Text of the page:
One workaround is to run a production report, (which most PM software applications will produce), and apply the percentages of production for frames, lenses, contact lenses and professional services to the actual receipts (money in the bank). Then, make a general journal entry into your practice financial software to reflect these amounts. While not perfect, when tracked consistently over time, trends will begin to emerge.—Mick Kling, OD

GPM Formula: Frames

   Step 1:  Frame Income – Frame Expenses = Frame Profit

   Step 2:   Frame Profit / Frame Income * 100 = Frame GPM (%)


$200,000 (Frame Income) – $90,000 (Frame Expenses) = $110,000 (Frame Profit)

$110,000 (Frame Profit) / $200,000 (Frame Income) = 0.55 * 100 = 55% (GPM %)

By understanding the gross profit on frames, lenses and contacts lenses independently, we now have useful insight into whether our pricing strategies are appropriate and profit margins meet our expectations.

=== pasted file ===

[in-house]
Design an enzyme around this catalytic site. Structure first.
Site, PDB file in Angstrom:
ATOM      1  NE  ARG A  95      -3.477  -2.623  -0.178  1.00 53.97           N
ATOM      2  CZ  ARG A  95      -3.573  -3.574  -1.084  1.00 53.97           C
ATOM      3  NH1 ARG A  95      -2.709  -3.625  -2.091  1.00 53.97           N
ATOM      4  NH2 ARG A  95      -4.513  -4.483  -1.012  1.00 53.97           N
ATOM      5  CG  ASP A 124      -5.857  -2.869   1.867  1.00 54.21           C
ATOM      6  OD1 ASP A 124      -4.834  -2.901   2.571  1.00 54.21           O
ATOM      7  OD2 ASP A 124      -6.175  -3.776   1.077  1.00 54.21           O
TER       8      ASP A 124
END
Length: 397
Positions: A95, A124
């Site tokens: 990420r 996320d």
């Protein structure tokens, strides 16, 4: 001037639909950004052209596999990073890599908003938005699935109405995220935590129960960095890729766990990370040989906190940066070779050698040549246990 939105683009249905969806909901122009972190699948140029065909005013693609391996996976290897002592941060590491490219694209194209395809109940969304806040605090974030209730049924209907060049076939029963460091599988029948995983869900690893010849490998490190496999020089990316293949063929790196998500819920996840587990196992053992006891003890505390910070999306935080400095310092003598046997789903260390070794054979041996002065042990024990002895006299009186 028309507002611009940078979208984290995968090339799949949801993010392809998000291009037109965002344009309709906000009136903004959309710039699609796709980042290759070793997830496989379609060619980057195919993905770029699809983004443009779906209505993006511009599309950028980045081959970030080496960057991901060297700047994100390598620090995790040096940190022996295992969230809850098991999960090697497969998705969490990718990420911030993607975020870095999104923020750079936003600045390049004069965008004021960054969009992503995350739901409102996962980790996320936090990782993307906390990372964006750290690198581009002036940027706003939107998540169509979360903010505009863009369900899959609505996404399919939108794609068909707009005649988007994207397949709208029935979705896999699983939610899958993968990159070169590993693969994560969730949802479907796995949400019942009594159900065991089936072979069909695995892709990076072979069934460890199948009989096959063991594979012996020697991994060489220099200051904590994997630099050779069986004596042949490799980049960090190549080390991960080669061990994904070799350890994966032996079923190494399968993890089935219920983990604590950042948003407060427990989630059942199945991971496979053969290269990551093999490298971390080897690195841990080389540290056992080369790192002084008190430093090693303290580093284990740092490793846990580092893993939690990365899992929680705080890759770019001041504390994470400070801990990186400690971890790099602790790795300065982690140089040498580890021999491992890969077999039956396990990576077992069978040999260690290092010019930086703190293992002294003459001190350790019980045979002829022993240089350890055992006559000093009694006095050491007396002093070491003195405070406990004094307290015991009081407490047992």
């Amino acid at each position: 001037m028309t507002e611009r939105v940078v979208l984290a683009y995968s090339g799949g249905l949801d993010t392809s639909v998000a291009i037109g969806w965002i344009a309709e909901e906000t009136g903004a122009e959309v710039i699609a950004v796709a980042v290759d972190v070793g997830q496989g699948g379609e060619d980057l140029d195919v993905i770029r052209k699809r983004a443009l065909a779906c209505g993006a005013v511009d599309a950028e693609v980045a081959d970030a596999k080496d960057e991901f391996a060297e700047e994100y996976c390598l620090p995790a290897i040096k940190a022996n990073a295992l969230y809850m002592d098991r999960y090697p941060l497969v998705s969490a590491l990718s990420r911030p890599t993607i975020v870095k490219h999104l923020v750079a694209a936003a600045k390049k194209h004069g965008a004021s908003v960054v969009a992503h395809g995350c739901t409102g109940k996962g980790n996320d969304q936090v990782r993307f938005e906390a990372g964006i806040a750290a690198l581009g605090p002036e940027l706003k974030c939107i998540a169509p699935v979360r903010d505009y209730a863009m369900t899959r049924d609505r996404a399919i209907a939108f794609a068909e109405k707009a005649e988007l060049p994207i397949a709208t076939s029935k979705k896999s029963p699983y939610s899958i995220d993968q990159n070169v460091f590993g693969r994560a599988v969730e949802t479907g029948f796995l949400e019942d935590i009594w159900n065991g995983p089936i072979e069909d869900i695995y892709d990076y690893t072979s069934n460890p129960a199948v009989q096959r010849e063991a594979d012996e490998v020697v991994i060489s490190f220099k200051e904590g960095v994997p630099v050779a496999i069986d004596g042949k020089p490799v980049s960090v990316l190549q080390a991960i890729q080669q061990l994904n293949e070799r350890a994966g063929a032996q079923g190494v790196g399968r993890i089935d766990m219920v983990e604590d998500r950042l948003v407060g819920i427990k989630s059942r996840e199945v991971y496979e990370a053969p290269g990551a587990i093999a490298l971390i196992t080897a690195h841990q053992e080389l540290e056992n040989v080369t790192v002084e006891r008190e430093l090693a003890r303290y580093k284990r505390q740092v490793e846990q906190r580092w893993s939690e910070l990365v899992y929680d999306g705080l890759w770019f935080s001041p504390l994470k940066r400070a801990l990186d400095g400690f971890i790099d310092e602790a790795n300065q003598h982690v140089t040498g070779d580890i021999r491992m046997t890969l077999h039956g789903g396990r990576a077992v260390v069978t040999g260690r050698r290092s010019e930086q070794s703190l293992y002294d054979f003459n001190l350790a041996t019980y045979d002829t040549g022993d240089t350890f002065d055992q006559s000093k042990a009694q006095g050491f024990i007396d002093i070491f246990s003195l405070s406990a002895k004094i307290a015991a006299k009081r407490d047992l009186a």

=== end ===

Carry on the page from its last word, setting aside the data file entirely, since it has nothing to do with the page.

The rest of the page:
High Retail Pricing + Low Wholesale Cost = High Profit Margins

Achieving high profit margins requires a balance between pricing products as high as possible yet staying competitive within the market. There are various pricing strategies used in optometric practices which include:

  • Competitive Analysis: Researching what our competitors charge
  • MSRP/Rep Recommendations: Asking our reps, “What should I charge?”
  • Multiple of Cost: A common practice for frame markups (e.g., 3X wholesale cost)
  • Target Gross Profit Margin: Setting a target for profit margins